On a day like this, at a ground like this, the best place to sit wasn’t behind the sterile glass of the press box but outside in the grandstand, among the Dragons faithful.
There’s no bigger or louder bandwagon worth climbing aboard when the Red V are firing … and holy hell are they firing.
Breathing fire: Tyson Frizell.
If St George Illawarra’s 34-14 win over defending premiers Melbourne Storm at a delirious Jubilee Oval doesn’t make them premiership favourites, then what are they?
Storm coach Craig Bellamy has an idea and it’s perhaps a greater compliment than cliched labels applied in May about who will win on grand final day in October.
“What we took from today is they’re the benchmark,” Bellamy said. “We know now that we’ve got some work to do. I just said that to the players in there. Because they are the benchmark, there’s no doubt about that. They’ve been playing great footy all season and if we want to play some footy in September we are going to have to improve.”
What bizarro world have we slipped into?
If someone had told you on the eve of the season that the Dragons, who bombed out of the finals race in the last round last year, would be setting the standard for the Storm, who won the premiership with apparent ease last year, you would ask them what were they on and where could you get some.
Because it’s not like Melbourne were off their game on this afternoon.
Five-eighth Cameron Munster was typically graceful on his feet and with his pass. Fullback Billy Slater remains lethal each time he slots into the backline.
And while captain Cameron Smith copped a stray punch to the big Adam’s Apple from Dragons forward Jeremy Latimore — Smith suggested afterwards it was deliberate — he still battled through to the end.
The match pinged from sideline to sideline, from end to end, yet it was the Dragons who tore away after leading 12-4 at halftime.
They did something similar to the Roosters on Anzac Day. They have done it to most teams in their eight-and-one start to the season. No wonder the bandwagon is running out of seats.
As far as Bellamy was concerned, the 15 minutes before halftime was most telling.
He refused to blame referee Matt Cecchin’s controversial decision to disallow a try to winger Josh Addo-Carr, instead giving them a penalty in front of the uprights for a Dragons’ ruck infringement.
Not happy: Cameron Smith copped a stray punch to the groin as his team were well beaten.
“They did a lot of good things today,” Bellamy said. “Our biggest learning today, with them being the benchmark, is we had a lot of ball there late in the first half but they defended their goal line a lot better than we defended our goal line. They’ve been doing that all season.”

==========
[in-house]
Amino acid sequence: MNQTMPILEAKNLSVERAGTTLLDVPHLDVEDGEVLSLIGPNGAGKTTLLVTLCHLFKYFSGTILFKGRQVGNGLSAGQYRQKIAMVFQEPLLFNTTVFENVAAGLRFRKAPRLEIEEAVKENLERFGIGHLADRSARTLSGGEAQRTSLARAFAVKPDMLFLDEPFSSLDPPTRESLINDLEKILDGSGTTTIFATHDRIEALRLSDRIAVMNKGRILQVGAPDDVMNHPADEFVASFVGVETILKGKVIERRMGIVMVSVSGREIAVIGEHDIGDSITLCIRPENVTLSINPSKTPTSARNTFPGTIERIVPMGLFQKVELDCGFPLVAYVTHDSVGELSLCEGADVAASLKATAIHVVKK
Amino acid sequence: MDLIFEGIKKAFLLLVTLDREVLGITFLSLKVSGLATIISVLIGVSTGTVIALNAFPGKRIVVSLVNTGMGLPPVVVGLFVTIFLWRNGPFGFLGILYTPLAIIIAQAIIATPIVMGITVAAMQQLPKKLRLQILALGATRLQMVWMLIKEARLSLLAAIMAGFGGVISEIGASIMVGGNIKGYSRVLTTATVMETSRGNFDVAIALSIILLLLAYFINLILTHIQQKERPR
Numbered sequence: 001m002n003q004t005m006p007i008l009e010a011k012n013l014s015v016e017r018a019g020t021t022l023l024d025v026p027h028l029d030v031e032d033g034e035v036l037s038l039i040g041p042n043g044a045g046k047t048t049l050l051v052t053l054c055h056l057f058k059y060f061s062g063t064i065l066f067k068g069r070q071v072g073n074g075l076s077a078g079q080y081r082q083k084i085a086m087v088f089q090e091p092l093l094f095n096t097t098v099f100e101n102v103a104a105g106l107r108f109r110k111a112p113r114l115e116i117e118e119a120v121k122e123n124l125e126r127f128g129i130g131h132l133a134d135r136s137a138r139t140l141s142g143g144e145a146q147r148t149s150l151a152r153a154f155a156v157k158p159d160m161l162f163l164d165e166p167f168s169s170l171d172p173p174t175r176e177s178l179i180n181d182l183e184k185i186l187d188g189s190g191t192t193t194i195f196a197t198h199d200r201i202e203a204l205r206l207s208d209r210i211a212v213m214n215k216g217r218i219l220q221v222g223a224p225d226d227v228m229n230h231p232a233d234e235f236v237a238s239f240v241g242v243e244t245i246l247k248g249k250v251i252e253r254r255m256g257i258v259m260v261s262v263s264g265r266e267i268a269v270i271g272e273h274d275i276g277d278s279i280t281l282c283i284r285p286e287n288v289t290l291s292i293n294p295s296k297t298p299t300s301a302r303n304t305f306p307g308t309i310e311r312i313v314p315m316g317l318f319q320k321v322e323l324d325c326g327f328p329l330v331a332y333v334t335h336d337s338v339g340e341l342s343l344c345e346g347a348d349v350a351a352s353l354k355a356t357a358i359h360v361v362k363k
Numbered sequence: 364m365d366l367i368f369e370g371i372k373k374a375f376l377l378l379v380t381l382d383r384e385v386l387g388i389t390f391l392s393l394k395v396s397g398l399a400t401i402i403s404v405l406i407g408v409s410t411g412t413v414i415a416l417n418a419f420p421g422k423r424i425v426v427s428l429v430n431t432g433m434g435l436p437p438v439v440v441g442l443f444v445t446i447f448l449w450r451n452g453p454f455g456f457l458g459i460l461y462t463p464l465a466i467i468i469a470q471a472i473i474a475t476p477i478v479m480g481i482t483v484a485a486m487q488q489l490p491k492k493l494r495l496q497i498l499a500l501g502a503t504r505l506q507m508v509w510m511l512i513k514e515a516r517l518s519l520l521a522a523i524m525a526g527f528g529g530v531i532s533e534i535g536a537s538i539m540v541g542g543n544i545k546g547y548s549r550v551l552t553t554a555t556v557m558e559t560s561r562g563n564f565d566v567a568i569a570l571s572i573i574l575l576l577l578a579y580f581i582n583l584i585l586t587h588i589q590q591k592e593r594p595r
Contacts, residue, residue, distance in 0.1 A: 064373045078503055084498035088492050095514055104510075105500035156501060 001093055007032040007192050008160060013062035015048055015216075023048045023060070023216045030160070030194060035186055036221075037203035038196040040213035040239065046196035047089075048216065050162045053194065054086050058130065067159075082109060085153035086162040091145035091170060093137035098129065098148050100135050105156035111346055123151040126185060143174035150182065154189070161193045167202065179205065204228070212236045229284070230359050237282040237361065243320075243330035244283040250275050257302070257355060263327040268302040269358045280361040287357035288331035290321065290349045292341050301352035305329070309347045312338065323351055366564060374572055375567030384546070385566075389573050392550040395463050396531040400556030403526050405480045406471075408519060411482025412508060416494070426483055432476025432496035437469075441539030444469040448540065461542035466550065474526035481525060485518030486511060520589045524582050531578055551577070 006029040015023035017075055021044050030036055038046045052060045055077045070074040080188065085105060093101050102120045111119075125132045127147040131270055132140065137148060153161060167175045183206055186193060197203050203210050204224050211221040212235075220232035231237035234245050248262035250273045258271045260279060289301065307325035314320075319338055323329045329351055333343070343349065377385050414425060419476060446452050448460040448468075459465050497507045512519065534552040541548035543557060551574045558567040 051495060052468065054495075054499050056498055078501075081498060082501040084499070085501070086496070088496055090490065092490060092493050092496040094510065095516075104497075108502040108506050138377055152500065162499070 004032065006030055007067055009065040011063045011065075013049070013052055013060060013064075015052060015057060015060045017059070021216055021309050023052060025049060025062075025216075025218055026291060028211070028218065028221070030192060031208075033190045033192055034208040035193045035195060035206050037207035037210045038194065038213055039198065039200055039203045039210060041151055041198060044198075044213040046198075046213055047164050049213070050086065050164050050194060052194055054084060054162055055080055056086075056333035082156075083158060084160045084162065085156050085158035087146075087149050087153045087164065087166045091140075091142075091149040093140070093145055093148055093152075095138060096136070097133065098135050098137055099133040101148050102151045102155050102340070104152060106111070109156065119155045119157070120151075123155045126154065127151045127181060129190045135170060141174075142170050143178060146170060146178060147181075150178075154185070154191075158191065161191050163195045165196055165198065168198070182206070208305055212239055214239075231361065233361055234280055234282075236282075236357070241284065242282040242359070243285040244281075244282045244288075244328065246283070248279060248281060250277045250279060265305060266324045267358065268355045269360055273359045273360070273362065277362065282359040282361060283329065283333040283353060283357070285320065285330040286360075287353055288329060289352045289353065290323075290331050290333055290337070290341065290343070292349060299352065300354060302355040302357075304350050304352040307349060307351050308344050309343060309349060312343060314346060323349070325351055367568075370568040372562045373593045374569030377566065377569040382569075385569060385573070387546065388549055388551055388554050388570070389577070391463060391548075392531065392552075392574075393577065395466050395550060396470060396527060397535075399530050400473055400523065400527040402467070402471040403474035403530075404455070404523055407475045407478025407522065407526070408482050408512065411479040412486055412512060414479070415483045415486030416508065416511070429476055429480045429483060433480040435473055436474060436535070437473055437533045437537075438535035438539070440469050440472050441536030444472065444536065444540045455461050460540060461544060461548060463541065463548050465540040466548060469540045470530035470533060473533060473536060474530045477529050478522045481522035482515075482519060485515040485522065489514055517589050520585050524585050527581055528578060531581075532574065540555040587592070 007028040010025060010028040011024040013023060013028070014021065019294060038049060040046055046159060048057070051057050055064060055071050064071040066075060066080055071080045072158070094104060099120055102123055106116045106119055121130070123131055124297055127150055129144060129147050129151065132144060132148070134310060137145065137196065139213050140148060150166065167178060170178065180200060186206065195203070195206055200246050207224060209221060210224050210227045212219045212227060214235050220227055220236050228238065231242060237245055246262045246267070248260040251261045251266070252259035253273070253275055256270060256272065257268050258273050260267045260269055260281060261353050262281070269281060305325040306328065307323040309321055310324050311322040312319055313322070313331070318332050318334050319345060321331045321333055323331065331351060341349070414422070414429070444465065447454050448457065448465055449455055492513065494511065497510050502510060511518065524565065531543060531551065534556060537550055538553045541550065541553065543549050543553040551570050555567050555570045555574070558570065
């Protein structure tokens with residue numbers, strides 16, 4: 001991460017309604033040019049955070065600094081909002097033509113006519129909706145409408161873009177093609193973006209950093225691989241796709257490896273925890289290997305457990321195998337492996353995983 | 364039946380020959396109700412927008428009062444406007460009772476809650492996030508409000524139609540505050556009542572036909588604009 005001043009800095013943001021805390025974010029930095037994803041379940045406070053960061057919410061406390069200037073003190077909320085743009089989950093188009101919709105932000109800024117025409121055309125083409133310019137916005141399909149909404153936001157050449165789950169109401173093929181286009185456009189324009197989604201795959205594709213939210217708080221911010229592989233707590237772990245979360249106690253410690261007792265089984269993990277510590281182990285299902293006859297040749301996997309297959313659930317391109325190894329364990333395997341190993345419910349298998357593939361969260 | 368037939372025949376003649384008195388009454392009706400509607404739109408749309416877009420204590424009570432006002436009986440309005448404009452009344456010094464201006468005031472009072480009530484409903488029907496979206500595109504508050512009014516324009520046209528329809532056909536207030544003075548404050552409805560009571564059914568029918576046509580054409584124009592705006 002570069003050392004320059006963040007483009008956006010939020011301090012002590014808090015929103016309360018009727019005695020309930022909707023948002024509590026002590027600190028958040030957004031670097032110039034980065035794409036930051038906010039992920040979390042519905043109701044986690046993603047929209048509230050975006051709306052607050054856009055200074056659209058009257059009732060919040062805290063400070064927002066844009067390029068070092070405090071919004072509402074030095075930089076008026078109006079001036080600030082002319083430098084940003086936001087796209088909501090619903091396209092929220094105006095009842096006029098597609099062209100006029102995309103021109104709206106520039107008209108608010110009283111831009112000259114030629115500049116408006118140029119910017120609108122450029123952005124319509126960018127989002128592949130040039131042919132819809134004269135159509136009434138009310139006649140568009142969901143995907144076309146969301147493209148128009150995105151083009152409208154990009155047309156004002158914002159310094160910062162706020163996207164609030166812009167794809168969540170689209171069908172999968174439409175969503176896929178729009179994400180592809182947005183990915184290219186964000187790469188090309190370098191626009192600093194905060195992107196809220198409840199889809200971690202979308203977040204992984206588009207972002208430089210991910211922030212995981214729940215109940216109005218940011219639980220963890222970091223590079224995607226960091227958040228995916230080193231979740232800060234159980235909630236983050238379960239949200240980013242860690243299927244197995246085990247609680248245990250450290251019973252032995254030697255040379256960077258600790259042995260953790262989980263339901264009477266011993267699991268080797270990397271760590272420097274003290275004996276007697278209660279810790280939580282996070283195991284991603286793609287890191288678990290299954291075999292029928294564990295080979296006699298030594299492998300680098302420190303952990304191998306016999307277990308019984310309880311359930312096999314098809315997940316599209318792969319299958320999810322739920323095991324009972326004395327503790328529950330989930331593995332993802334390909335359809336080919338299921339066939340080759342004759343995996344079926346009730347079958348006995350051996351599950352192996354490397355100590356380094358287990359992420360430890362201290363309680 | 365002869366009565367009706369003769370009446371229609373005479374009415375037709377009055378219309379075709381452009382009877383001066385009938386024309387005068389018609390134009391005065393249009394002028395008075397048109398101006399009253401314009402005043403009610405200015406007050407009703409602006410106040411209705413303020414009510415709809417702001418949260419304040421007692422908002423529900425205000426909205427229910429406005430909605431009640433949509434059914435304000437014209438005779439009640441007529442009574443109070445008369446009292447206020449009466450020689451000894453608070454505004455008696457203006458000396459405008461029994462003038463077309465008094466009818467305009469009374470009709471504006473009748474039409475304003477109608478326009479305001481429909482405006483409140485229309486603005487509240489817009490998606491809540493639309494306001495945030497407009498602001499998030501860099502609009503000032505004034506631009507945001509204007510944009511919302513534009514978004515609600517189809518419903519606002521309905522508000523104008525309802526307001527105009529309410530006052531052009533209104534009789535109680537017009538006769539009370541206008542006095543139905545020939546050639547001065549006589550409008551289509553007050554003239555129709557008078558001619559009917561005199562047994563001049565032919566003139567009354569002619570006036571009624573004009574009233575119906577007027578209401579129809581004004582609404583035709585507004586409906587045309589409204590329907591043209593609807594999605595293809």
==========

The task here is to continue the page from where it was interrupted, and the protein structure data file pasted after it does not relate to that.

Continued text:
Perhaps just as telling was the 10 minutes after the break with props James Graham and Paul Vaughan and lock Jack de Belin sitting on the bench, waiting to be unleashed.
As no-frills players like Kurt Mann and Latimore held their own in the middle of the park, the Dragons scored twice: the first came from hooker Cameron McInnes, who darted out of dummy-half; the second from centre Tim Lafai from a clever short-side play.
At the other end, the Dragons forwards were continuing their obsession of not just tackling the opposition but demolishing them.
Tyson Frizell plonked the massive Sam Kasiano on his bottom close to the line, forcing the ball loose. Every single Dragons player came rushing in, desperate to congratulate him.
All smiles: A swarm of dragons celebrate with Tim Lafai after his try.
There’s an energy and enthusiasm about the Dragons that makes them different this year.
It’s in their defence. It’s in the way the forwards shoulder each other out of the way just to support the teammate carrying the ball. It’s in the way they congratulated Frizell.
“When you’ve got belief,” Dragons coach Paul McGregor said, “your attitude is right. We’re not being complacent about what we do. There’s no ego here.”
We’re about to see the true strength of the club, though. What happens in the next month sets the Dragons up for finals footy.
McGregor’s squad is expected to be devoured by the Origin monster, such is the price of early season success. Just ask Bellamy: he’s been dealing with it for 15 or so years.
Centre Euan Aitken, McInnes, Vaughan and the entire backrow of Frizell, Jack de Belin and Tariq Sims are in line for NSW selection. Halfback Ben Hunt, you would think, will be somewhere in Kevin Walters’ Queensland team.
The Dragons play Souths (away), Raiders (home) and Panthers (away) before the teams are announced for the opening State of Origin at the MCG on June 6.
Told about Bellamy’s remarks, McGregor said: “That’s nice to hear off a great man and great coach”.
He said it with a smile and he can afford to. He’s got a good team on his hands. The benchmark, apparently.
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